decided: May 26, 1930.
APPEAL FROM THE DISTRICT COURT OF THE UNITED STATES FOR THE DISTRICT OF MASSACHUSETTS.
Hughes, Holmes, Van Devanter, McReynolds, Brandeis, Sutherland, Butler, Stone
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MR. JUSTICE SUTHERLAND delivered the opinion of the Court.
By indictment returned in the federal district court for Massachusetts, the defendant (appellee) was charged with unlawfully and knowingly having purchased intoxicating liquor fit for use for beverage purposes, in violation of the National Prohibition Act. The district court sustained a motion to quash the indictment on the ground that the ordinary purchaser of intoxicating liquor does not come within the purview of the act. 38 F.2d 515. The government appealed under the Criminal Appeals Act of March 2, 1907, c. 2564, 34 Stat. 1246; U. S. C., Title 18, § 682, and § 238 of the Judicial Code, as amended by the act of February 13, 1925, c. 229, 43 Stat. 936, 938; U. S. C., Title 28, § 345.
Section 3 of the Prohibition Act, c. 85, 41 Stat. 305, 308, makes it unlawful for any person to "manufacture, sell, barter, transport, import, export, deliver, furnish or possess any intoxicating liquor except as authorized in this Act . . ."; but provides that "Liquor for nonbeverage purposes and wine for sacramental purposes may be manufactured, purchased, sold . . . but only as herein provided, and the commissioner may, upon application, issue permits therefor: . . . ."
Section 6 of the act, 41 Stat. 310, provides: "No one shall manufacture, sell, purchase, transport, or prescribe any liquor without first obtaining a permit from the commissioner so to do, except that a person may, without a permit, purchase and use liquor for medicinal purposes when prescribed by a physician as herein provided. . . ." Following this language, the section regulates with much detail the issue, character, and duration of the permit, and the application therefor, which application, among other things, must set forth "the qualification of the applicant and the purpose for which the liquor is to be used." The form of the permit and application, and the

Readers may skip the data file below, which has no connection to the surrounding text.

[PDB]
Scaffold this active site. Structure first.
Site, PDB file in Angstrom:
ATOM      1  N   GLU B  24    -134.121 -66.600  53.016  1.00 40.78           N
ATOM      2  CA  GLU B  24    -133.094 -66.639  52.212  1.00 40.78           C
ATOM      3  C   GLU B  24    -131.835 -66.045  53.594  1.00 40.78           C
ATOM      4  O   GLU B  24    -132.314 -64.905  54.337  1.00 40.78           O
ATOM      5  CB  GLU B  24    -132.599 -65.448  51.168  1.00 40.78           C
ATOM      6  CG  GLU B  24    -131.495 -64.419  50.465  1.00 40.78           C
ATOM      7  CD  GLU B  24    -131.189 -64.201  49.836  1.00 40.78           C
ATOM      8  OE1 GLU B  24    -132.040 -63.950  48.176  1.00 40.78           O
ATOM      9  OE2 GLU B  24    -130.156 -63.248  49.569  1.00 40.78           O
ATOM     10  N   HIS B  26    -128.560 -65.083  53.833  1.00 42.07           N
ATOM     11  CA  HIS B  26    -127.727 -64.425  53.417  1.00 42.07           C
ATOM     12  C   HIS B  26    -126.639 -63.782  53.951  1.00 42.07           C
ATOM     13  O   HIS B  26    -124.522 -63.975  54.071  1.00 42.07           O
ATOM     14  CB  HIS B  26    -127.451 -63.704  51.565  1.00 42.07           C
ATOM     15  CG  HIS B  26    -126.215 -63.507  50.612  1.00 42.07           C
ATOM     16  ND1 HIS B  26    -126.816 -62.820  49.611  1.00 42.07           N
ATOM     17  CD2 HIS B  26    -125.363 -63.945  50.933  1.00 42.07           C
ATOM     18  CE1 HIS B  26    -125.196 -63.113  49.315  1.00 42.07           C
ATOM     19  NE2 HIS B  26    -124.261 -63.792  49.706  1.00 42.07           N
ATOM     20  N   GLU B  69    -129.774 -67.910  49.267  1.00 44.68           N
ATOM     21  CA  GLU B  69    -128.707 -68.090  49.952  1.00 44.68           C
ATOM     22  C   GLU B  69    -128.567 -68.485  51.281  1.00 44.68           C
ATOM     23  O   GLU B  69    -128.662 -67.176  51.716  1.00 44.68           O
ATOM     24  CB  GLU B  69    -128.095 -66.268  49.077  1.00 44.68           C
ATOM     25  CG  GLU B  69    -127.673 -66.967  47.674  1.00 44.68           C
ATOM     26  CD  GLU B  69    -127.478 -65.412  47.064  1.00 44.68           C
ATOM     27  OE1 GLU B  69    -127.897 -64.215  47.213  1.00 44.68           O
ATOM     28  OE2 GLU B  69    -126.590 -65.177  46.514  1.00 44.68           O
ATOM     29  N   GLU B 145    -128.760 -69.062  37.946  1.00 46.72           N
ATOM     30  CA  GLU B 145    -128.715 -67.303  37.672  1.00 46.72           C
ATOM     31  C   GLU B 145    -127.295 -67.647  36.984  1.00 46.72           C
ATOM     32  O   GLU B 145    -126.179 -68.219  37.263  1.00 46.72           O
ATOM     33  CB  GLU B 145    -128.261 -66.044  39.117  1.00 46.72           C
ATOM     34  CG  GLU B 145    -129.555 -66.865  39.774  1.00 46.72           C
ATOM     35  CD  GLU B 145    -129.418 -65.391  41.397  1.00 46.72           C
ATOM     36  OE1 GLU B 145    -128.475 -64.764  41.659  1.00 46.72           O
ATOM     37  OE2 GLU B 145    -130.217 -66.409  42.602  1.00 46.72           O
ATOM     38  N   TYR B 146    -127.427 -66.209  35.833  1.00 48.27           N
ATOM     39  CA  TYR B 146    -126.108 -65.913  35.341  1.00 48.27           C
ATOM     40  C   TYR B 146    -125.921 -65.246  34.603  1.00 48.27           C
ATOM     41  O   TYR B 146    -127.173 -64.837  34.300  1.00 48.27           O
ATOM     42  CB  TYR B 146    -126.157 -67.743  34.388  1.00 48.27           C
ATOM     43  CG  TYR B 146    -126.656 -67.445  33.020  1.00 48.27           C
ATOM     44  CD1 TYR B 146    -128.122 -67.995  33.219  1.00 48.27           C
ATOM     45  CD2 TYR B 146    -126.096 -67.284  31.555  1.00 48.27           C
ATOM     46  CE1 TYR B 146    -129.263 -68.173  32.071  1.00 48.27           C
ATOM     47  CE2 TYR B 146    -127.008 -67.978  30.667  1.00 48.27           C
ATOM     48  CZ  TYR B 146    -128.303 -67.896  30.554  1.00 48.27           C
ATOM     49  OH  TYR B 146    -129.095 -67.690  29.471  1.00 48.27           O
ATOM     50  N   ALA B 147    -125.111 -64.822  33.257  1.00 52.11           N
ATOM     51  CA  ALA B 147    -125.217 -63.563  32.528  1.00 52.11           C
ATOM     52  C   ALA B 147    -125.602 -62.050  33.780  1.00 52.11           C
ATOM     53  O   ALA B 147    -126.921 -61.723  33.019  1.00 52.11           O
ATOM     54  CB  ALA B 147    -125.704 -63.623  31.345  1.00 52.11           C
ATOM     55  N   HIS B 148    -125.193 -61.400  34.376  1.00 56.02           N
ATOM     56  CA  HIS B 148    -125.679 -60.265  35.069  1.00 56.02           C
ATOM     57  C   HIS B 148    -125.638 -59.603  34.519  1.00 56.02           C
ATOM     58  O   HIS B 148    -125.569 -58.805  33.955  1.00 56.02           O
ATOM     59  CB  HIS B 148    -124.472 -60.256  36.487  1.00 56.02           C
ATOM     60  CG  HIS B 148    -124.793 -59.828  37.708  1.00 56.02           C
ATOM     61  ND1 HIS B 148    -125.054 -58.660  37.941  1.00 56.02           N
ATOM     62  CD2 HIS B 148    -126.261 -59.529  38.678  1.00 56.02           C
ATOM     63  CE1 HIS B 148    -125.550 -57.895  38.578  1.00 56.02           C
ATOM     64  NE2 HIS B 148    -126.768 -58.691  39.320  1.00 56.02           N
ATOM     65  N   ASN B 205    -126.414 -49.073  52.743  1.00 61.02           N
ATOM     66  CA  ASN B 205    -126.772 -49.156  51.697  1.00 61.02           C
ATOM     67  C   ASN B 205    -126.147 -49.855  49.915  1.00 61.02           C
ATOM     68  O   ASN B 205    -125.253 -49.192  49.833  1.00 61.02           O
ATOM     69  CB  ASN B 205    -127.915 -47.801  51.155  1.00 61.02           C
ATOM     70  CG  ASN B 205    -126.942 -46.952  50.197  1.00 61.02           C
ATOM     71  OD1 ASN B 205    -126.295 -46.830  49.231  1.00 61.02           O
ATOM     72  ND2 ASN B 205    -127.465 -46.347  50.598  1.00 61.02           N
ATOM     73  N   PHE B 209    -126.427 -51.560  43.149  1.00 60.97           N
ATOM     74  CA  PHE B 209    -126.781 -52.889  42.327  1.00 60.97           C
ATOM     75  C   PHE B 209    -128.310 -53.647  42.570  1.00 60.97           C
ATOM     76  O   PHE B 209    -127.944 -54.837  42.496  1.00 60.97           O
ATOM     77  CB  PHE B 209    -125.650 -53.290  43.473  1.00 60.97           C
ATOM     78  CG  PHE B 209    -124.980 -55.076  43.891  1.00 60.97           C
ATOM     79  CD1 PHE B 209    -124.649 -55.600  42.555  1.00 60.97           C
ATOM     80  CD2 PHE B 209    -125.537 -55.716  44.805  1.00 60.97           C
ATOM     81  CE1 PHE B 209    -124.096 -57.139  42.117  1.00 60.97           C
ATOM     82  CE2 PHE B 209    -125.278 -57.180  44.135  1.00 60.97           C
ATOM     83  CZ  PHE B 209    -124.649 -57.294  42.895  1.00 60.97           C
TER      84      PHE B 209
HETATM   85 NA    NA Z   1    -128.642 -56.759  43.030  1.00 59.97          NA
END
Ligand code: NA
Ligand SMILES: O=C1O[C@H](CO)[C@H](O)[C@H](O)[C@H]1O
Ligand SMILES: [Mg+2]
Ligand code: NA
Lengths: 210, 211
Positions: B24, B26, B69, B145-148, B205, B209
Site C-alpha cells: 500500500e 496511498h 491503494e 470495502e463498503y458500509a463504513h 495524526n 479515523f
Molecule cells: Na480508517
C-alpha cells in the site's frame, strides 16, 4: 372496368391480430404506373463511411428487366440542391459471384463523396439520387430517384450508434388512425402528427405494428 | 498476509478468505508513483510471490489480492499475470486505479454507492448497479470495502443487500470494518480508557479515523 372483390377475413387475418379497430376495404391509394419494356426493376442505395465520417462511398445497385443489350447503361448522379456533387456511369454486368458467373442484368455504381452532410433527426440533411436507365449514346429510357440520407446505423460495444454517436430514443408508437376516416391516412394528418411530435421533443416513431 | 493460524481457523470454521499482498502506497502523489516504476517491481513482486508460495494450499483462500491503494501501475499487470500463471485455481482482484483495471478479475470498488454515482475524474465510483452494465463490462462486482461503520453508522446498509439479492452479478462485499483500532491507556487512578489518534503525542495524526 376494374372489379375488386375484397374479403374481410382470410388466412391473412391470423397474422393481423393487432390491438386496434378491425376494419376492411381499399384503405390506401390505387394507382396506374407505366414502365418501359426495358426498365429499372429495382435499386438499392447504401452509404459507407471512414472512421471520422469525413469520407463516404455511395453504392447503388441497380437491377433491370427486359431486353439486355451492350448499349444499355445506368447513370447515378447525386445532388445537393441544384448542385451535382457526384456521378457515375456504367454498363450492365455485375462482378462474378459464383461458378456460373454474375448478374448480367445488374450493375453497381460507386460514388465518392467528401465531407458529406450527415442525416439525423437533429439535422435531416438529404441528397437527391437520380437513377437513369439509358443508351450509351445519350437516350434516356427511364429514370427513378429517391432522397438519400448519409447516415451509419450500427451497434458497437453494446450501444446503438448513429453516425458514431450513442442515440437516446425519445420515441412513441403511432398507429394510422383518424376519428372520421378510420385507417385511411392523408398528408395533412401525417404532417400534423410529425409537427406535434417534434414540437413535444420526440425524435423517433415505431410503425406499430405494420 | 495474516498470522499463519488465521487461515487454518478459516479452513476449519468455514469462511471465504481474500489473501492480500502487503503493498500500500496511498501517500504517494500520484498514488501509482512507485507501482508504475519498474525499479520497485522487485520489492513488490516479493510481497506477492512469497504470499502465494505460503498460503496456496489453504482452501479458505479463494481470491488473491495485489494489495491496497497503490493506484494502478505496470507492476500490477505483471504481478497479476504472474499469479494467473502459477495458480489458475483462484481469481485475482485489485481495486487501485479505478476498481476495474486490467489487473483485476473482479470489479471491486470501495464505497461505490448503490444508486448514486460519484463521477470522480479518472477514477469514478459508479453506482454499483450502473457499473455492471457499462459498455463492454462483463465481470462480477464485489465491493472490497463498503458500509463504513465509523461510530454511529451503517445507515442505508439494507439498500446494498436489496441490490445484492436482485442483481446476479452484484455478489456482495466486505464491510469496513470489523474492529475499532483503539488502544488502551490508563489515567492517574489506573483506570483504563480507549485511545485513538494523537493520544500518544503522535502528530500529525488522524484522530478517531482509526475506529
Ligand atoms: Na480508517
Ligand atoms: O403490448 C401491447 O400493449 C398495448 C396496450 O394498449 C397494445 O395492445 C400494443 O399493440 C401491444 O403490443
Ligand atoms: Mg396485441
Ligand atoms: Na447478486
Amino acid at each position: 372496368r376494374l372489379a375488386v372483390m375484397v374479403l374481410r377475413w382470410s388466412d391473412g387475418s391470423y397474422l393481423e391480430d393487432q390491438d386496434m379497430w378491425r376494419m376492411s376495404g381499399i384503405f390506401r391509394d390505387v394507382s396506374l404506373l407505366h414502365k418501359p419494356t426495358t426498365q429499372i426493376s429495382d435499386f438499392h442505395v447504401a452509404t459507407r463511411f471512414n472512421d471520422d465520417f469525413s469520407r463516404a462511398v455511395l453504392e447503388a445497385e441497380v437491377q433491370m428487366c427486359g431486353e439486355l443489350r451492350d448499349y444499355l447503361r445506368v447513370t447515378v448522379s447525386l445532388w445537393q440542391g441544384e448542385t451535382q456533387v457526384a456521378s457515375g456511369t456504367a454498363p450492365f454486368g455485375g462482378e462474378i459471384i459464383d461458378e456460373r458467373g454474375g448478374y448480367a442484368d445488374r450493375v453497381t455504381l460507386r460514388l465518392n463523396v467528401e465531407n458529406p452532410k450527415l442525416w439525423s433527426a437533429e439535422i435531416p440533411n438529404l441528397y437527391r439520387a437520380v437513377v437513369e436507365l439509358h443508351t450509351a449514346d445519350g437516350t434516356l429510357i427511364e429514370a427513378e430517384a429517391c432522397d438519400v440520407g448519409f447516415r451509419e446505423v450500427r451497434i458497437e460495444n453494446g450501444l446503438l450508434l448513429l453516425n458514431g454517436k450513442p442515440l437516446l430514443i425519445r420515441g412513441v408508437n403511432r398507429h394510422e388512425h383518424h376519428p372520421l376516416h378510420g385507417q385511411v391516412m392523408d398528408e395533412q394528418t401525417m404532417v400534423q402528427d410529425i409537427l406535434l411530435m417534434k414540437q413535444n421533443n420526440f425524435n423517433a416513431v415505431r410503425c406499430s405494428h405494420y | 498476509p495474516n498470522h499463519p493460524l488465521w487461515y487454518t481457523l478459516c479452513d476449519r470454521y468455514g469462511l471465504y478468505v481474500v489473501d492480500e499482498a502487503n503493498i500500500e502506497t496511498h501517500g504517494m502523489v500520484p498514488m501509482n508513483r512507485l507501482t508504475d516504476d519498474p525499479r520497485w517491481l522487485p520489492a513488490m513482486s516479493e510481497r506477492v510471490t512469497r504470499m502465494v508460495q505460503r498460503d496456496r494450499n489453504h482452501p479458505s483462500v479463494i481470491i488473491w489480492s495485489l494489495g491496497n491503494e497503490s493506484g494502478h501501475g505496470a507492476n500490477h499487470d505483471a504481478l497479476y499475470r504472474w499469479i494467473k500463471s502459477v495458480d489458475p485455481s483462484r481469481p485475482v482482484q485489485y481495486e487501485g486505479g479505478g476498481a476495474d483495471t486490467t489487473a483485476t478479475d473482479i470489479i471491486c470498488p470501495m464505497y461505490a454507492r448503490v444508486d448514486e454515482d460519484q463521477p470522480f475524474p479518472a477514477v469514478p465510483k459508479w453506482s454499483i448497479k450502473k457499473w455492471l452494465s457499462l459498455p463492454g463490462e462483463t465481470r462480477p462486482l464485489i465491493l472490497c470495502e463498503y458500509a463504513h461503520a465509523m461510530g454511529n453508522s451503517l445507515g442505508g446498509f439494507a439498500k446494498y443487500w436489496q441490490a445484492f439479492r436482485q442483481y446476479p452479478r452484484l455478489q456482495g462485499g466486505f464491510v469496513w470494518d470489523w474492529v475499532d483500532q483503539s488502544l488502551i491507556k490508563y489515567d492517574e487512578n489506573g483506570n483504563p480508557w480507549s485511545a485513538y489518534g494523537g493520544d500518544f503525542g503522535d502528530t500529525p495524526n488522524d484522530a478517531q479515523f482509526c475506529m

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facts to be set forth therein are to be prescribed by the Commissioner of Internal Revenue, who is to require a bond in such form and amount as he may prescribe to insure compliance with the terms of the permit and provisions of the act. A large part of the act, including § 6, is devoted to the subject of the authorized manufacture, sale, transportation, and use of intoxicating liquor for nonbeverage purposes; while § 3 plainly deals with the prohibited traffic in such liquors for beverage purposes.
The government relies upon the literal terms of § 6, that "No one shall . . . purchase . . . any liquor without first obtaining a permit from the commissioner so to do . . ."; but, at the same time, frankly concedes that the application of this language to the present case is not free from doubt. The contrary view is that these words, considered in connection with the other provisions of § 6 and correlated sections, relate only to that class of persons who lawfully may be authorized to sell, purchase, or otherwise deal with intoxicating liquors for nonbeverage purposes, and who proceed to do so without a permit. That this defendant does not belong to that class, and could not, under any circumstances, have obtained a permit to make a purchase of the character here made, is not in dispute. The question thus presented is very nearly the same as that decided in United States v. Katz, 271 U.S. 354; and in principle is concluded by that case.
There, the defendants were charged with conspiring to sell intoxicating liquors without making a permanent record of the sale, in violation of § 10 of the act. The indictments were quashed in the district court on the ground that § 10, which required a permanent record to be made of sales, applied only to persons authorized to sell alcoholic liquor, and that the indictment failed to allege that either of the defendants held a permit or was otherwise authorized